Robert Olen Butler does not establish a setting at the start of “Titanic Survivors Found in Bermuda Triangle”; nor does he establish who is talking. Instead, he starts the story with the narrator, whose name will much later be given as Margaret, telling her story, leaving the situation for the reader to piece together. From the title of the story, readers can accurately suppose that she is one of the survivors of the wreck of the Titanic, on the night of April 14, 1912. This assumption is supported by her reference, in the first sentence, to the coldness of the North Atlantic, the location where the Titanic sank, and references soon after to a lifeboat and the ship’s smokestacks. She is recalling that night, and her life leading up to it.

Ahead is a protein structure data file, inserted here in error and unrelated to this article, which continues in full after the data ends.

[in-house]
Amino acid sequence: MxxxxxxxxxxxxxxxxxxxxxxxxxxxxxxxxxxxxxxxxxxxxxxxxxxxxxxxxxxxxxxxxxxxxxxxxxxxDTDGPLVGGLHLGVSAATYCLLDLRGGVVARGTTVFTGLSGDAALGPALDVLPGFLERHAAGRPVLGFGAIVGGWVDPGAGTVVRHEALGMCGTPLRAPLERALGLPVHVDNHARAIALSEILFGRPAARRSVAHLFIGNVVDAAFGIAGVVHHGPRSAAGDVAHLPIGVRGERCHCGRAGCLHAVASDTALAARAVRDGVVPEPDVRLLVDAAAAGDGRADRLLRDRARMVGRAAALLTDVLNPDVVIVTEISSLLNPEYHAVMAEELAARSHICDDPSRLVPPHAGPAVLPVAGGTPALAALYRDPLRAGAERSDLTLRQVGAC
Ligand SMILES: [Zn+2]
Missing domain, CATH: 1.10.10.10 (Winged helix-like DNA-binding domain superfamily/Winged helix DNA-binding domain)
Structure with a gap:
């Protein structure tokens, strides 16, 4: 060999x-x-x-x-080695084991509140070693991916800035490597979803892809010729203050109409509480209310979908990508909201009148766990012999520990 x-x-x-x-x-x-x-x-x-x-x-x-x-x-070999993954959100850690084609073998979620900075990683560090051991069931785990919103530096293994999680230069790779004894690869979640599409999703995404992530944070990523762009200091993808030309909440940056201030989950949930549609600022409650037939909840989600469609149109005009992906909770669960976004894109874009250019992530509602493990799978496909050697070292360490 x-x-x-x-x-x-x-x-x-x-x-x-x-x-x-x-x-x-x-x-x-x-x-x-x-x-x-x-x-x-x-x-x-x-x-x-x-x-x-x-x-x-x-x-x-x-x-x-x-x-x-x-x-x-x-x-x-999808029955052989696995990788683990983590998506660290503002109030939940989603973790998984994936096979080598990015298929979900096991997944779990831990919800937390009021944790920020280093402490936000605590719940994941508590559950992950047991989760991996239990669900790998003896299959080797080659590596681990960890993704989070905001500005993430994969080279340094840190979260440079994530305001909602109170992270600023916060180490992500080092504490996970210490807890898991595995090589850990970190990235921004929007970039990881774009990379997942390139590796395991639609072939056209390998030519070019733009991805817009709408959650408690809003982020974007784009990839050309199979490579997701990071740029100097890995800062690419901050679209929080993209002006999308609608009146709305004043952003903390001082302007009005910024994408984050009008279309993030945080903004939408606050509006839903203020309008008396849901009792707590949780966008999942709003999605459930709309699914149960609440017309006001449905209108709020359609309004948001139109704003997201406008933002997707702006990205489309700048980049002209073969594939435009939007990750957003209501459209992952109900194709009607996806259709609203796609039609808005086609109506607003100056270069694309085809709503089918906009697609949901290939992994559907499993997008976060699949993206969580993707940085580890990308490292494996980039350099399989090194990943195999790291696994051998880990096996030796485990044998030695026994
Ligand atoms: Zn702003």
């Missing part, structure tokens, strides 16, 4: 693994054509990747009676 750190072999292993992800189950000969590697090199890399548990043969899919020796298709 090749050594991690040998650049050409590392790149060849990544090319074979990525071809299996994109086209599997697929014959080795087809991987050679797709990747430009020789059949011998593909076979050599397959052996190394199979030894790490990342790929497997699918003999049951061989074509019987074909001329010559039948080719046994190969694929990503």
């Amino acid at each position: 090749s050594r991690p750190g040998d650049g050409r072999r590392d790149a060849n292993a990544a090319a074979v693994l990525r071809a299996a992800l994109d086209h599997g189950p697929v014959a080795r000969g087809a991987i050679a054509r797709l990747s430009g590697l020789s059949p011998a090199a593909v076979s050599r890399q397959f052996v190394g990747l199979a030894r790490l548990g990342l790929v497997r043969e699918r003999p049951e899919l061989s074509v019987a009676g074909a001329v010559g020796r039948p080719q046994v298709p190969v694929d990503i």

While describing the chaotic scene of the ship going down, Margaret describes having been in London just days earlier, with a group of women who were marching in protest for women’s right to vote and whose demonstration was being ignored by men. She feels similarly ignored as the ship is sinking, as her immediate understanding of the situation is ignored by all but one of the men she encounters. She traveled to London to attend a convention on suffrage and is proud of herself for having traveled alone, which was highly irregular for women in 1912.
In the present, Margaret finds her modern hotel room strange, but she has come to understand and accept it. She is conscious of the...
(The entire section is 748 words.)
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